A few good points were brought up that caught my attention and got me thinking about the UI for my app (some just popped into my mind caused by points he brought up during the presentation).

  • How easy is it for the user to do common tasks?
  • Are there too many pointless dialogs that all look?
  • Are there any error messages/dialogs that could be more informative and more user friendly?
  • Have you ever watched a user use your app? If so, how easy/difficult was it for them to navigate around the app?
  • Remember that, no two users will use your app the same way!
  • If the user finds something too difficult to use, they will only use it when they don’t have any other choice!
  • Keep the UI simple, and familiar to the user.

There were many other interesting points brought up in the presentation, but many who have read other UI books (etc…) would have heard those or variations on them. But it’s always good to re-iterate the same points if people are still making the same mistakes. Right?

One of my University subjects was called Graphical User Interface Technology, and we had an introduction to what was considered good UI design, and what was considered to be poor UI design. As well as learning about how our memory remembered various items (chunked memory and a few other things), and a humans’ visual perception among other things.

It was an interesting subject, UI Design always is. The book we had to study for the subject was titled “About Face 2.0” authored by Alan Cooper. Although didn’t go through it as thoroughly as I should have at the time, I did go back to visit some of the points from the book and then decided to purchase another one of Alan’s books “The Inmates are Running the Asylum” which was also quite interesting. The other book we used for the subject was “The Design of Everday Things” by Donald A. Norman.

All good books to get you starting to think more about the design of user interfaces, be it computer software, everyday physical objects.

Many of the software created today will be used by many different users, in many different circumstances. All of whom will have different expectations when using your software. One users’ preference is not another users’ preference and vice versa. (As they say, not all humans are created the same.) Users expect familiarity througout using your software. Users hate software that isn’t consistent.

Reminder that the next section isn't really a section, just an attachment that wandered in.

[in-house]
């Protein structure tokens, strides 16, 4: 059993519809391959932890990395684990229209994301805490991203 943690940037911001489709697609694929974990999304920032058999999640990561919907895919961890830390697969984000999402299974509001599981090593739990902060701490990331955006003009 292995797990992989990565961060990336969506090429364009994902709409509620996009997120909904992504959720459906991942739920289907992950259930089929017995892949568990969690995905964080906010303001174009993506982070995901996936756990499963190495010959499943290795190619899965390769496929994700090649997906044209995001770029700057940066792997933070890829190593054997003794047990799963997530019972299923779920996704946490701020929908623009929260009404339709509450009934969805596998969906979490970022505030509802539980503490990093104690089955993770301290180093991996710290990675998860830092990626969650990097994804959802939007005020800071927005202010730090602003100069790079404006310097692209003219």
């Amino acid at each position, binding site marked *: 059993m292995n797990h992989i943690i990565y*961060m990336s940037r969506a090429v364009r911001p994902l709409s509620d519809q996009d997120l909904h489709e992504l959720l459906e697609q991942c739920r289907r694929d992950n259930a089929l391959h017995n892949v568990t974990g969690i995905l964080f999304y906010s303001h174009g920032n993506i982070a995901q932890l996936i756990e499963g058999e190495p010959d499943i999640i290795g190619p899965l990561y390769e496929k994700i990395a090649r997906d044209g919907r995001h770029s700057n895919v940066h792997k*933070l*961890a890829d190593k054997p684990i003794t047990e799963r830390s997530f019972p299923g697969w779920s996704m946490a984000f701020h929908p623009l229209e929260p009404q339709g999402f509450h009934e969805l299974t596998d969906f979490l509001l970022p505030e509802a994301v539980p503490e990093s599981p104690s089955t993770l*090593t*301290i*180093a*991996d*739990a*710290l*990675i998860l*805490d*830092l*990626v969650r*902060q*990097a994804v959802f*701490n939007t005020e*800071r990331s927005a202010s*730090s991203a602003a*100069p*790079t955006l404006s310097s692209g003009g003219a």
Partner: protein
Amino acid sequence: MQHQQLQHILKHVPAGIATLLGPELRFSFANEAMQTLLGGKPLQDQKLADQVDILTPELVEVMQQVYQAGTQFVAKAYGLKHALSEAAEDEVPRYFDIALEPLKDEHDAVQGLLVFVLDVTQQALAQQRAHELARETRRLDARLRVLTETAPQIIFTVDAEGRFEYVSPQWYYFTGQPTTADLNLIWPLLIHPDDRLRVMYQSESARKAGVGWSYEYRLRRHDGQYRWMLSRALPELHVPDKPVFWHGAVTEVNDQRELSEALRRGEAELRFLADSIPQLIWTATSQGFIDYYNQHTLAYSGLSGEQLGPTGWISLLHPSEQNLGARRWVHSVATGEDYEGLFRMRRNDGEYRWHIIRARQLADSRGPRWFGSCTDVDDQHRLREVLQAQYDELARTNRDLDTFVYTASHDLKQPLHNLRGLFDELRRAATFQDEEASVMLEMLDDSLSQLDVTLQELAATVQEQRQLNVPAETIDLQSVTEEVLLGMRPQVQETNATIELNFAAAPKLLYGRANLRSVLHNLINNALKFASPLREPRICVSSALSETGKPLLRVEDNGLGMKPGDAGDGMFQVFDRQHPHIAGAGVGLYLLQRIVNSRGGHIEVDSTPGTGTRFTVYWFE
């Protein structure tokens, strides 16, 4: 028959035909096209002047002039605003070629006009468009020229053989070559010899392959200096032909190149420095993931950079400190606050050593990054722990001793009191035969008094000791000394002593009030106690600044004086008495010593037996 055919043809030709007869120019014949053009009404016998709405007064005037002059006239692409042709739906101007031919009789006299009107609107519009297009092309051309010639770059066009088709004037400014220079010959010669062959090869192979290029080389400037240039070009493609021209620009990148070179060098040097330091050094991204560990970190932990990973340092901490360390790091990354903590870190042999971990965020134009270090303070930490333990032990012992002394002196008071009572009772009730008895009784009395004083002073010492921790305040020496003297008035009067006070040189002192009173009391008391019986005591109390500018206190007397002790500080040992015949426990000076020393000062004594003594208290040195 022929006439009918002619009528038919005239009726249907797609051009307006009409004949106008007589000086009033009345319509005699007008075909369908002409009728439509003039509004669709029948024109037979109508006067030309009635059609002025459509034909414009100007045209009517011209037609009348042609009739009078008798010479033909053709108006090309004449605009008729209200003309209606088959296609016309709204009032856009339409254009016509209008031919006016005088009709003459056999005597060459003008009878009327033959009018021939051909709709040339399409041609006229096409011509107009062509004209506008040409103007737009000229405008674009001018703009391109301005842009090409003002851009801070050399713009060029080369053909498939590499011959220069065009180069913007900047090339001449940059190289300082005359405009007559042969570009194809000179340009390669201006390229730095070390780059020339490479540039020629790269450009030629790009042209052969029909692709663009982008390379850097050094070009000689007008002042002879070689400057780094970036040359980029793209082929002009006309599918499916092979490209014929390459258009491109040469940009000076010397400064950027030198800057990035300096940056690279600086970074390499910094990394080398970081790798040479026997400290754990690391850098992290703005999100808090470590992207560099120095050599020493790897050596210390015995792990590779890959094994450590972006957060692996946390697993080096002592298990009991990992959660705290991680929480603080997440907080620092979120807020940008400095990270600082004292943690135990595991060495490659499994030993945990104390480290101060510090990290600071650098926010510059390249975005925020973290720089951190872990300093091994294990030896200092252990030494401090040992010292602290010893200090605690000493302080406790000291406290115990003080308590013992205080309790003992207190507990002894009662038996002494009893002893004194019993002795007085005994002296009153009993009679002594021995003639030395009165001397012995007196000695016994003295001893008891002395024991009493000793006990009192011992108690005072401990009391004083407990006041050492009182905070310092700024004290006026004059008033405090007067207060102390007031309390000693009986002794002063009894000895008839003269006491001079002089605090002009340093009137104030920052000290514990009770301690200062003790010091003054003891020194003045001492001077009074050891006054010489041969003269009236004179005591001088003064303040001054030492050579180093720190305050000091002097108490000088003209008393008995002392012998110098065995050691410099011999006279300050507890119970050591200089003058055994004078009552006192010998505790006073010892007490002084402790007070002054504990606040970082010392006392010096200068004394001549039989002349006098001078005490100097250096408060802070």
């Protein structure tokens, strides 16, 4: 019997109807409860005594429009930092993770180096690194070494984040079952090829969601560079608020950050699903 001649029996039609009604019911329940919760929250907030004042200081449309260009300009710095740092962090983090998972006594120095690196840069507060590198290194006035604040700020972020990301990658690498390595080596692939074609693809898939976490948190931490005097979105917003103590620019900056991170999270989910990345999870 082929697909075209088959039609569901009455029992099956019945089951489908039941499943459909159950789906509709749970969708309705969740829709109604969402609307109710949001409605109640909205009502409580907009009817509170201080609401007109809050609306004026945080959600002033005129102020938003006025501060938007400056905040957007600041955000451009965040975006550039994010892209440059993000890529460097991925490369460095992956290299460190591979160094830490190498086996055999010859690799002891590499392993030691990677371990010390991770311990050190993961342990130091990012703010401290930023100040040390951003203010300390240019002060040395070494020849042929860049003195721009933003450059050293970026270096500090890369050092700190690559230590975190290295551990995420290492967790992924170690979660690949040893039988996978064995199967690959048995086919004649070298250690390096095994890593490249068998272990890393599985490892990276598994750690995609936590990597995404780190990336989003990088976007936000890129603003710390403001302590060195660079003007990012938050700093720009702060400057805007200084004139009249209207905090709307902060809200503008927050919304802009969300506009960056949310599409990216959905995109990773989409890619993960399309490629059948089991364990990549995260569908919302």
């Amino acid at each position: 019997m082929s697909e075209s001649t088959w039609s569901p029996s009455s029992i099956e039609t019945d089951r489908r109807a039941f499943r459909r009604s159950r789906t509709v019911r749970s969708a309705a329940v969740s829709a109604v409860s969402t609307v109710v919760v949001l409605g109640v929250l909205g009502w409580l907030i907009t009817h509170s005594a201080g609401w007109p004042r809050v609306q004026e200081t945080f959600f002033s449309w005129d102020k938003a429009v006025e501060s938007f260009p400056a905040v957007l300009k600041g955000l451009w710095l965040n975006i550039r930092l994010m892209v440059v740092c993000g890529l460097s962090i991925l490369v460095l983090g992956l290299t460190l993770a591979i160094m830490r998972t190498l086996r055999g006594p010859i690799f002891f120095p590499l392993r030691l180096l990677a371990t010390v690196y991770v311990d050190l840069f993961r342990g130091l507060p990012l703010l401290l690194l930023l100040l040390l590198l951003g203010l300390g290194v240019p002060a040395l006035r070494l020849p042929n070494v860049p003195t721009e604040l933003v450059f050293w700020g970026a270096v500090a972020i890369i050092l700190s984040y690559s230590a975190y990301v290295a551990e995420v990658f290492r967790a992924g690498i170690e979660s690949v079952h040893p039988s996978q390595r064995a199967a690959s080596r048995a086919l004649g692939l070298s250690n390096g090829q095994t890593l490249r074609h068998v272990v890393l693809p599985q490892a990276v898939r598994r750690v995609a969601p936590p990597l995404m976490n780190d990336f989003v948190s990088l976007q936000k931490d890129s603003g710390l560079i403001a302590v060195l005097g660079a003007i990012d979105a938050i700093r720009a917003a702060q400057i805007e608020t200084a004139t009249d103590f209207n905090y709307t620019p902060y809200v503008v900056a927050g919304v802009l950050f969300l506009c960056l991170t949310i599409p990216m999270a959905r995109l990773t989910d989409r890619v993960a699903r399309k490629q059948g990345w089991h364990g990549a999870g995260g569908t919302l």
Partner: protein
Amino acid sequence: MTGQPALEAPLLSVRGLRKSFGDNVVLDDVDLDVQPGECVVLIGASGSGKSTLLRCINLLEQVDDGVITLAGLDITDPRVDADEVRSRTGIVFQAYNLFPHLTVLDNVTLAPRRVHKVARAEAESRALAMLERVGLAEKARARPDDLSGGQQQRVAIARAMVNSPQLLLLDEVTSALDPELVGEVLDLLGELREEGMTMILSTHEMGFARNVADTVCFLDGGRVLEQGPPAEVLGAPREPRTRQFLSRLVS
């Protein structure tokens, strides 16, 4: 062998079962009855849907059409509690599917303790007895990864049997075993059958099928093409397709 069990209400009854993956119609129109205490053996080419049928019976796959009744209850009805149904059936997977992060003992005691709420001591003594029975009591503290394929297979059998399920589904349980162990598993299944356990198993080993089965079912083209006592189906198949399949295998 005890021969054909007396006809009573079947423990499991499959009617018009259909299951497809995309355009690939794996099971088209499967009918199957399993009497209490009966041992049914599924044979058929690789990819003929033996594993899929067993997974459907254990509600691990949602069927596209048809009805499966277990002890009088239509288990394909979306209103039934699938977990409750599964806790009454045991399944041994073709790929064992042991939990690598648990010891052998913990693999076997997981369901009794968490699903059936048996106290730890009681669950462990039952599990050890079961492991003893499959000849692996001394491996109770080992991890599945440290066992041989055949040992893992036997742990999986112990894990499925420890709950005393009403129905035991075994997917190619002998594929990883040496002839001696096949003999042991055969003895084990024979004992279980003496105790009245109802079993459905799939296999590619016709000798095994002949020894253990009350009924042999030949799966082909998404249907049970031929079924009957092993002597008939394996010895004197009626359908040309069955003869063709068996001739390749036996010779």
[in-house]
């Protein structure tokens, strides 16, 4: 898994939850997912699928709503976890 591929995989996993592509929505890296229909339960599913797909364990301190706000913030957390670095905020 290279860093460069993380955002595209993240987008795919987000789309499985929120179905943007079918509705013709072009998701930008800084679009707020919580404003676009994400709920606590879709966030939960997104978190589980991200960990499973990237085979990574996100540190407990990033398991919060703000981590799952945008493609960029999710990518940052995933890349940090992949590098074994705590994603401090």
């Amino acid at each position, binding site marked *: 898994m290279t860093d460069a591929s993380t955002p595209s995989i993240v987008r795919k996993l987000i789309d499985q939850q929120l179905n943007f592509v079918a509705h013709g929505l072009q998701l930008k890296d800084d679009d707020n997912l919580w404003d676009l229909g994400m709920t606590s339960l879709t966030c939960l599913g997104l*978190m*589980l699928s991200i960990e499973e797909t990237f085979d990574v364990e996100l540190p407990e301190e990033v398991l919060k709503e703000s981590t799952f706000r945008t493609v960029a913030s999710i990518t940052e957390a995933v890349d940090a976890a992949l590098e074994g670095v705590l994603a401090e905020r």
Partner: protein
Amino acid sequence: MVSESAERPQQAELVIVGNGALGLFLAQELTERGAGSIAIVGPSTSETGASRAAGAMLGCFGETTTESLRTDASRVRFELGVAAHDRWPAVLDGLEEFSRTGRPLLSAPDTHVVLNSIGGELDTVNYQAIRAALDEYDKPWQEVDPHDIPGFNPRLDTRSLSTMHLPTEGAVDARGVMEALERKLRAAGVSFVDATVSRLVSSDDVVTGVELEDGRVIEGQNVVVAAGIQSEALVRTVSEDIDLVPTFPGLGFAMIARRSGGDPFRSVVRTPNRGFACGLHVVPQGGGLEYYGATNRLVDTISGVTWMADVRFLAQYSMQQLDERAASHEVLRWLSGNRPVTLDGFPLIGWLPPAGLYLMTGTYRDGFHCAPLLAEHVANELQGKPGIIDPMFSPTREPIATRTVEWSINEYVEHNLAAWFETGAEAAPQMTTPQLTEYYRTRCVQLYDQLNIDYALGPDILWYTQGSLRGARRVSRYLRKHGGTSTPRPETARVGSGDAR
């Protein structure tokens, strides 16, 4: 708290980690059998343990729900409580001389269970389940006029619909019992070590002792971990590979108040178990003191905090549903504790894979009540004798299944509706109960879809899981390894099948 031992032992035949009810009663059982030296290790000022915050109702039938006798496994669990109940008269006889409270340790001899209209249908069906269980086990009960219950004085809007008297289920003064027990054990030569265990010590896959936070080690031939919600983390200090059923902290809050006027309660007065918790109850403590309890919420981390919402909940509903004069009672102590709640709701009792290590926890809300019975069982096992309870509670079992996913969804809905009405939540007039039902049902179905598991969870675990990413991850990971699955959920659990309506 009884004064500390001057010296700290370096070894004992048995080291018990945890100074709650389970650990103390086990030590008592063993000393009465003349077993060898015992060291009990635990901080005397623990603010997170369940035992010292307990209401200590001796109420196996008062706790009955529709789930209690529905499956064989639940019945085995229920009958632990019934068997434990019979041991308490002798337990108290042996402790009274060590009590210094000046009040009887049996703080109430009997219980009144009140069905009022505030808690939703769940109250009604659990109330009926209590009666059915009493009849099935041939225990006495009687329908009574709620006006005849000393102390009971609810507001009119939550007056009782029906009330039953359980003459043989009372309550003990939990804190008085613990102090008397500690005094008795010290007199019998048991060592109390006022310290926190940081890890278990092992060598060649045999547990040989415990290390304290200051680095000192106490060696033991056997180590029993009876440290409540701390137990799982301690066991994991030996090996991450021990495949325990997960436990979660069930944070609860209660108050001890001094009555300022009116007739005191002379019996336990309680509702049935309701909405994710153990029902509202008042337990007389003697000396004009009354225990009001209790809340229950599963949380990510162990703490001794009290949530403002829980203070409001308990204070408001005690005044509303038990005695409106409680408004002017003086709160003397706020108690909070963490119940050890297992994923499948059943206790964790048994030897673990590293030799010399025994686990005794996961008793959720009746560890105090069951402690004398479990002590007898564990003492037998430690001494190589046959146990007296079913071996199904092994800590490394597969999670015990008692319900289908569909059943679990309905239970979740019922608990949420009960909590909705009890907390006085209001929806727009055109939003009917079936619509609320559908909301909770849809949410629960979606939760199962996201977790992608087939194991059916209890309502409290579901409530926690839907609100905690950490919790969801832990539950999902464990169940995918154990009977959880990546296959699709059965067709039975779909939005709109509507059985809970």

If you have several functions doing similar things, keep it consistant! Perhaps create a UI guideline for your app if you don’t already have one, or adopt one and stick with it. And adjust it as needed, while making sure you stick to it.

There’s a collection of UI Guidelines listed here, which I found after a quick web search. I remember using this one at webstyleguide.com back in uni, which is a nice reference guide for web UI.

The great search engine divide?

Was just looking over my domains’ stats and noticed that the once great divide between Google and the others has somewhat shortened in recent times.

Here’s the figures of people landing on one of my pages from a search engine:

Links from an Internet Search Engine  
19 different refering search engines Pages Percent Hits Percent
Google 1677 53.1 % 1679 52.8 %
MSN 1289 40.8 % 1290 40.6 %
Yahoo 130 4.1 % 130 4 %
Google (Images) 15 0.4 % 15 0.4 %
AltaVista 13 0.4 % 29 0.9 %
Unknown search engines 7 0.2 % 7 0.2 %
AOL 7 0.2 % 7 0.2 %
Dogpile 3 0 % 3 0 %
Ask Jeeves 3 0 % 3 0 %
Search.com 2 0 % 2 0 %
Excite 2 0 % 2 0 %
Earth Link 1 0 % 1 0 %
MetaCrawler (Metamoteur) 1 0 % 1 0 %
Club-internet 1 0 % 1 0 %
Virgilio 1 0 % 1 0 %
T-Online 1 0 % 1 0 %
AllTheWeb 1 0 % 1 0 %
Mamma 1 0 % 1 0 %
Jubii 1 0 % 1 0 %

As you can see above (looking at the HITS percentage column), Google’s at 52.8% with MSN second, at 40.6%.

From a quick “look over” of a few stats, the majority (but not all) of those that use the MSN search engine are from non-US IPs.

Very interesting. Although Yahoo is third, I would actually have thought their figures would be higher than that.

Then again, this is just my blog/domain, so it’s perhaps not representatitve of figures others may have.

Also, the figures are for the month of October until now.

If I go back in time, a little. The figures for September have Google at 82.8%, MSN at 12.2% and then trailing further back, Yahoo at 3.4%.

And now the August figures:
Google: 89.3%, MSN: 5.3%, Yahoo: 3.3%

The stats are very puzzling.

So let’s explore the other stats further.

So what are the top 3 search engine spiders, indexing my site?
1. Googlebot 3665 Hits
2. Inktomi 1541 Hits
3. MSNbot 1456 Hits

Digging deeper, I think I’ve probably found the explaination I was after: